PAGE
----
Saturday, August 15, 2009

Senator Webb wins release of US prisoner in Myanmar


Senator Webb wins release of US prisoner in Myanmar
10 mins ago August 15,2009

Webb Secures Release of Yettaw
Met with Aung San Suu Kyi

Sunday, August 15 —U.S. Senator Jim Webb has finished up a two-day visit to Myanmar by obtaining the release of American prisoner John Yettaw and meeting with Nobel Peace Prize Laureate Aung San Suu Kyi. Webb, who on Saturday became the first American leader ever to meet with Myanmar President Than Shwe, raised both issues during his meeting. He also requested that the country’s leadership release Suu Kyi from her eighteen month sentence of house arrest following her recent conviction for violating the terms of her house arrest.

“I am grateful to the Myanmar government for honoring these requests,” noted Webb. “It is my hope that we can take advantage of these gestures as a way to begin laying a foundation of goodwill and confidence-building in the future.”

Webb met with Suu Kyi for nearly an hour on Saturday afternoon. He described the meeting as “an opportunity for me to convey my deep respect to Aung San Suu Kyi for the sacrifices she has made on behalf of democracy around the world.”

Yettaw will be officially deported from Myanmar on Sunday morning. Senator Webb will bring him out of the country on a military aircraft that is returning to Bangkok on Sunday afternoon.

The 53-year-old from Falcoln, Missouri, has been held in Insein, Myanmar's largest prison, notorious for widespread torture and other abuse of both political prisoners and ordinary criminals.

Yettaw's lawyer has said his client was well-treated, though he fell ill while incarcerated. Before his conviction on Tuesday, he spent a week in a prison hospital for epileptic seizures. He is also said to suffer from asthma and diabetes.

"If it's true, of course I'm extremely happy and we're ecstatic," Betty Yettaw told The Associated Press, referring to reports that her husband would be freed. When reached by phone Saturday morning, she said had yet to receive any official notice.

The junta may have approved the meeting with Suu Kyi and agreed to release Yettaw to quell the torrent of international criticism against Myanmar following the trial and Tuesday's verdict. In July, authorities barred U.N. Secretary-General Ban Ki-moon from meeting with Suu Kyi during a two-day visit.


by Tai Van Ta

As of today, June 10,2004, I have heard that even after you have forwarded on March 16,2004, the following suggestions in this "Strategy" to many Burmese expatriate groups, including the respectable U Tin Myint U, son-in-law of UN General Secretary U Thant, no action has been taken, because different groups have different tendencies and you guys in the expatriate Burmese community are not very hopeful because Madame Aung San Suu Kyi is usually stubborn in her ideas.

I am very much concerned that all these Burmese groups and Aung San Suu Kyi may be by-passed by events in Burma if the military government is going ahead and carrying out its 7-step "Road To Democracy" proclaimed last year, and after the reconvening of Constitutional Convention suspended eight years ago, it runs general elections in which it would permit some civilian leaders to be elected for window dressing, while it would proclaim that Aung San's followers refuse to participate in the elections even offered to do so . This time, it would re-civilianize somewhat the regime and bring some legitimacy to the regime.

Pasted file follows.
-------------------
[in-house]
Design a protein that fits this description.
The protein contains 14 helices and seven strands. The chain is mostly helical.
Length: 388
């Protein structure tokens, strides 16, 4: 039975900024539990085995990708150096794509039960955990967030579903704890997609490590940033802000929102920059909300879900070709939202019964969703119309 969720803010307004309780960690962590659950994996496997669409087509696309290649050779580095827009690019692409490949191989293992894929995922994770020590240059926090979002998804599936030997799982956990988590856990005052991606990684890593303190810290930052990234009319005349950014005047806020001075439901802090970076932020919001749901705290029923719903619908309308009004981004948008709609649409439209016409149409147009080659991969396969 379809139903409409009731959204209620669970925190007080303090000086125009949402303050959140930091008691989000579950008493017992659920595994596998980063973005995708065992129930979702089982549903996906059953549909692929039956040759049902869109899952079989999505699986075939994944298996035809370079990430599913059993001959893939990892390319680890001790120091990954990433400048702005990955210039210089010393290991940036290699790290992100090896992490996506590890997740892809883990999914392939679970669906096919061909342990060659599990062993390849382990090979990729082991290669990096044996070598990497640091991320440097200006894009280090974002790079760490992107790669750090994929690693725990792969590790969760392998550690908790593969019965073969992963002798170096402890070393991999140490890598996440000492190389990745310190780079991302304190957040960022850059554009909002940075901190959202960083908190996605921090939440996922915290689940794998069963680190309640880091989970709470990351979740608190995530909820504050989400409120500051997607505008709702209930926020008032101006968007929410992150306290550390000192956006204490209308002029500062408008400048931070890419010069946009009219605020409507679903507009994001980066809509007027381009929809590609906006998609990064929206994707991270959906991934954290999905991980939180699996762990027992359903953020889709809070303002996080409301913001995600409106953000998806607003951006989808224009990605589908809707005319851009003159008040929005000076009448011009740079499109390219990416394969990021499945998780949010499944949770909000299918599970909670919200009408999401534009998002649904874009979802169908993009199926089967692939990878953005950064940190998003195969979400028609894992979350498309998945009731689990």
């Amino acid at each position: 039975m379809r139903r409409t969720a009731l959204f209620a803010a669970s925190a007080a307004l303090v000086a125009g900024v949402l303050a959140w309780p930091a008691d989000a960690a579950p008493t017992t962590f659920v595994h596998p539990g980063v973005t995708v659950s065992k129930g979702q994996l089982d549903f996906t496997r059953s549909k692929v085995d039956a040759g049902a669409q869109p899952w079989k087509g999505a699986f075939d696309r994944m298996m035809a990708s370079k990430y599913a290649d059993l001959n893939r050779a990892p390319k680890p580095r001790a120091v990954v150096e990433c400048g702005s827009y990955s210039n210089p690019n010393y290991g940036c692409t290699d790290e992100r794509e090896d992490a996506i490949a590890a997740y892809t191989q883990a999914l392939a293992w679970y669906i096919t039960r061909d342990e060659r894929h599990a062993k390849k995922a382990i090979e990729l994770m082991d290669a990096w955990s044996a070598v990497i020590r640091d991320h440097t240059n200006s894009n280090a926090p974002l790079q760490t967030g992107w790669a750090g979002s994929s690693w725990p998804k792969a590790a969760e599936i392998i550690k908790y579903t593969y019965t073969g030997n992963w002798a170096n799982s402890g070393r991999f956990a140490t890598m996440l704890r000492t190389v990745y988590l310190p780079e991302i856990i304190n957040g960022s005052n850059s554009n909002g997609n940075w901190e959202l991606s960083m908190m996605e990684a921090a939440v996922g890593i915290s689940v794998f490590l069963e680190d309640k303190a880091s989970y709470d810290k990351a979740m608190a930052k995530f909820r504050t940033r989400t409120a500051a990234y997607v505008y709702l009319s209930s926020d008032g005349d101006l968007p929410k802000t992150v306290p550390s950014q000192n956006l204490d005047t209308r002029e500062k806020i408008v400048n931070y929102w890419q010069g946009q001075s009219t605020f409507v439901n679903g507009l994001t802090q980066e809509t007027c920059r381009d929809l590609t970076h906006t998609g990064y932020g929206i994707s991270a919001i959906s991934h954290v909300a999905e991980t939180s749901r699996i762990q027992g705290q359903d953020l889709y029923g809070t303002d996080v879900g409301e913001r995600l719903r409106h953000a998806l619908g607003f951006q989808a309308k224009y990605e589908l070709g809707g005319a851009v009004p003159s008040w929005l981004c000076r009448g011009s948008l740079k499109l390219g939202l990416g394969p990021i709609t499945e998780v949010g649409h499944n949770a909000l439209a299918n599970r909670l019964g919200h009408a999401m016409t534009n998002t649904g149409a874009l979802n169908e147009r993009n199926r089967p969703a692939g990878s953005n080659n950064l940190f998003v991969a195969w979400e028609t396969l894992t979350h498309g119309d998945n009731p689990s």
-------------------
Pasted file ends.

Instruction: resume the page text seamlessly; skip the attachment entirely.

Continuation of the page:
After such elections, the regime can proclaim that the new government is elected and therefore, Aung San's League for Democracy's claim for the results of past elections is irrelevant. The pressure of the international community, mainly the United States, would surely be weakened . The Expatriate Burmese would be in a much weaker moral and political position to make demands for reform in Burma. When the regime changes like that and opens up for investment by and trade with US and other Western companies, the American and international pressure for political reform would disappear.

The Burmese should learn from the following cases:

--The Vietnamese in South Vietnam. After Nixon went to China in 1972 (Shanghai Communique) and could deal with Mao directly, Vietnam was no longer considered "the Last Bastion of the Free World in Southeast Asia" (proclaimed by President Eisenhower), and became dispensable and was abandoned to fend off for itself even though, under the substantive provisions of the 1973 Paris Cease Fire Agreement, the Americans were supposed to continue supplying weapons and ammunitions for self-defense prior to and during the offensive of North Vietnam in 1975 (the so-called formula of "one weapon lost would be replaced by a new one" ), but then they refused to supply, and in secret internal deliberations in President Ford's White House in April 1975, during which Kissinger stated brutally : "Why didn't they simply die away ? " and the Senators, especially the antiwar Democrats, went along with that refusal to aid South Vietnam any more ["they" being the South Vietnamese who were fighting in some provinces during the 1975 North Vietnamese advance, despite the failure of the Americans to carry out air strike to support them--as promised by Nixon to President Nguyen Van Thieu to induce him to sign the Paris Agreement]